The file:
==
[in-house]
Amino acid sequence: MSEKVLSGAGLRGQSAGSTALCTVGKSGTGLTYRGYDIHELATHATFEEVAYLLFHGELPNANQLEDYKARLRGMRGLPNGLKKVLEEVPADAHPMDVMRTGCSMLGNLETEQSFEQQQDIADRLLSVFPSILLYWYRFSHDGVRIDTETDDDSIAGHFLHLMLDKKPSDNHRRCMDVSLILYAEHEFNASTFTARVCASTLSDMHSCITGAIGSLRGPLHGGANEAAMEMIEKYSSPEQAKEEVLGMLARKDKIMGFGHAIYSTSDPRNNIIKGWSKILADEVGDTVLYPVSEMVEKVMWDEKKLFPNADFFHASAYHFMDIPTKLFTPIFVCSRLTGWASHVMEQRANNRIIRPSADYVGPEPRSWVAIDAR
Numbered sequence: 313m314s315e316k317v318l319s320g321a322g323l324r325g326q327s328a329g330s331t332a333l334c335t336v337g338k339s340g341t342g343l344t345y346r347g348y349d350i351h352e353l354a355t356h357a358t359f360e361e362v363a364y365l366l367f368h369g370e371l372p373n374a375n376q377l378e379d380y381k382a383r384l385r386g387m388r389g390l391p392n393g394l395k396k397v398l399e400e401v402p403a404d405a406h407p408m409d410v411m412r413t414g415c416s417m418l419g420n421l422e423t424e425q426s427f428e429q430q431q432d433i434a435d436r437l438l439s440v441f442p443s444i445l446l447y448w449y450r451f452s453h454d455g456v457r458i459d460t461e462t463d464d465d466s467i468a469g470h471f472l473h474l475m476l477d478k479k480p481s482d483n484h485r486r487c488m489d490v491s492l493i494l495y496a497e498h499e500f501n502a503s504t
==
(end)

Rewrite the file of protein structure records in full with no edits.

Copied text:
[in-house]
Amino acid sequence: MSEKVLSGAGLRGQSAGSTALCTVGKSGTGLTYRGYDIHELATHATFEEVAYLLFHGELPNANQLEDYKARLRGMRGLPNGLKKVLEEVPADAHPMDVMRTGCSMLGNLETEQSFEQQQDIADRLLSVFPSILLYWYRFSHDGVRIDTETDDDSIAGHFLHLMLDKKPSDNHRRCMDVSLILYAEHEFNASTFTARVCASTLSDMHSCITGAIGSLRGPLHGGANEAAMEMIEKYSSPEQAKEEVLGMLARKDKIMGFGHAIYSTSDPRNNIIKGWSKILADEVGDTVLYPVSEMVEKVMWDEKKLFPNADFFHASAYHFMDIPTKLFTPIFVCSRLTGWASHVMEQRANNRIIRPSADYVGPEPRSWVAIDAR
Numbered sequence: 313m314s315e316k317v318l319s320g321a322g323l324r325g326q327s328a329g330s331t332a333l334c335t336v337g338k339s340g341t342g343l344t345y346r347g348y349d350i351h352e353l354a355t356h357a358t359f360e361e362v363a364y365l366l367f368h369g370e371l372p373n374a375n376q377l378e379d380y381k382a383r384l385r386g387m388r389g390l391p392n393g394l395k396k397v398l399e400e401v402p403a404d405a406h407p408m409d410v411m412r413t414g415c416s417m418l419g420n421l422e423t424e425q426s427f428e429q430q431q432d433i434a435d436r437l438l439s440v441f442p443s444i445l446l447y448w449y450r451f452s453h454d455g456v457r458i459d460t461e462t463d464d465d466s467i468a469g470h471f472l473h474l475m476l477d478k479k480p481s482d483n484h485r486r487c488m489d490v491s492l493i494l495y496a497e498h499e500f501n502a503s504t